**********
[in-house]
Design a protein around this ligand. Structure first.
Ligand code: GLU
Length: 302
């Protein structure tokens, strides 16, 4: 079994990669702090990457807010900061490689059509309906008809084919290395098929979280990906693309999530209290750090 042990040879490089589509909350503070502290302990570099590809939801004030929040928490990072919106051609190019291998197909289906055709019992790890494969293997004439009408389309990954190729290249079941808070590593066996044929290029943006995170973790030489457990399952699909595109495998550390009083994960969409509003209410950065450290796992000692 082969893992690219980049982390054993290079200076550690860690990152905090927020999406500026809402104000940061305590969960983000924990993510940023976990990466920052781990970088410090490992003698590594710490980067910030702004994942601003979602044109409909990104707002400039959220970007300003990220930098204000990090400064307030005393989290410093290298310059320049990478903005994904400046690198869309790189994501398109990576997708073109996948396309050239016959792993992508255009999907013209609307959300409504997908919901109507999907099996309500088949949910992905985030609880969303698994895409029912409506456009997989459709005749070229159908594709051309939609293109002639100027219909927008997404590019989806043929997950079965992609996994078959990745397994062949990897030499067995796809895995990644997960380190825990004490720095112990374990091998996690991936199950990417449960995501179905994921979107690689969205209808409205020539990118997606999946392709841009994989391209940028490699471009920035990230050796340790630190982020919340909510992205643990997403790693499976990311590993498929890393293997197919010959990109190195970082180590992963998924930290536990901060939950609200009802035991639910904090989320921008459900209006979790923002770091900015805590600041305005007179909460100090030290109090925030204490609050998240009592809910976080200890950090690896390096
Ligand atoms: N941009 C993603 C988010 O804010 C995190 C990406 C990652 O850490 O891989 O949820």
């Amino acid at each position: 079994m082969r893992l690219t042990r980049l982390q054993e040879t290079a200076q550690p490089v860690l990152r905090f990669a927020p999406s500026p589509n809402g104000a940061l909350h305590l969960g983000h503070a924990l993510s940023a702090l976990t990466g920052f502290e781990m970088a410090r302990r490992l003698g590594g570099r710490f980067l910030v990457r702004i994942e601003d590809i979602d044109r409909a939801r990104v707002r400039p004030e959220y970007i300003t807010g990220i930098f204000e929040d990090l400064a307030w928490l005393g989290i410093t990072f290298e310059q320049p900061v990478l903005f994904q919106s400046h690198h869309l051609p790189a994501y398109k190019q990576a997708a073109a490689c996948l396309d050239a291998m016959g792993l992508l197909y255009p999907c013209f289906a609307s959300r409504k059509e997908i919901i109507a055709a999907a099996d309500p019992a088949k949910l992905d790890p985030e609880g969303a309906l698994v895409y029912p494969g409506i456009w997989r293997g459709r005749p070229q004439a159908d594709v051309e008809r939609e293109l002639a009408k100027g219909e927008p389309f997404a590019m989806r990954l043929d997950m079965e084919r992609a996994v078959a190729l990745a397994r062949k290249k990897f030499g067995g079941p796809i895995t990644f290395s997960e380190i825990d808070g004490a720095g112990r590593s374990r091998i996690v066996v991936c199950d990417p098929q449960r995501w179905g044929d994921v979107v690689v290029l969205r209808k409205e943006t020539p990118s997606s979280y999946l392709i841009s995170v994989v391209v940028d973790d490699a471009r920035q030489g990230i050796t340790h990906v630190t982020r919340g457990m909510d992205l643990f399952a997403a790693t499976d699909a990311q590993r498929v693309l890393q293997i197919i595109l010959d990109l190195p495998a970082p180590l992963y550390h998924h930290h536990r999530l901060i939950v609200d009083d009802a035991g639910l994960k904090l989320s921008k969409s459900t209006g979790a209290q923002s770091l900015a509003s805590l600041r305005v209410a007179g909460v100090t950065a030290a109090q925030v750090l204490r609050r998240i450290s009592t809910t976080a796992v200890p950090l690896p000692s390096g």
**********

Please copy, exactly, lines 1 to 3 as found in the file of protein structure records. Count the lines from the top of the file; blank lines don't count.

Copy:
[in-house]
Design a protein around this ligand. Structure first.
Ligand code: GLU